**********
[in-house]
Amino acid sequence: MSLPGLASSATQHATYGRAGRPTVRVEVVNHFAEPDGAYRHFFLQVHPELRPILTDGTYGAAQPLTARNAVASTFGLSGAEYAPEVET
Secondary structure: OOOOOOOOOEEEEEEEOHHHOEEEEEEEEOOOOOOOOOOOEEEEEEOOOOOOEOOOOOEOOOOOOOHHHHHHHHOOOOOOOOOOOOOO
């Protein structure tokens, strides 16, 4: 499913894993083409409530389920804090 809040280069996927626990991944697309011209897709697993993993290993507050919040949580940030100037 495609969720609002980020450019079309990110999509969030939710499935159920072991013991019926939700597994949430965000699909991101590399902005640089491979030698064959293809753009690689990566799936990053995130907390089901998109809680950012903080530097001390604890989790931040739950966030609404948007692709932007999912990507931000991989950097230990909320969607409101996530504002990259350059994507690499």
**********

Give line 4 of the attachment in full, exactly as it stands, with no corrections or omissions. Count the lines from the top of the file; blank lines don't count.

């Protein structure tokens, strides 16, 4: 499913894993083409409530389920804090 809040280069996927626990991944697309011209897709697993993993290993507050919040949580940030100037 495609969720609002980020450019079309990110999509969030939710499935159920072991013991019926939700597994949430965000699909991101590399902005640089491979030698064959293809753009690689990566799936990053995130907390089901998109809680950012903080530097001390604890989790931040739950966030609404948007692709932007999912990507931000991989950097230990909320969607409101996530504002990259350059994507690499």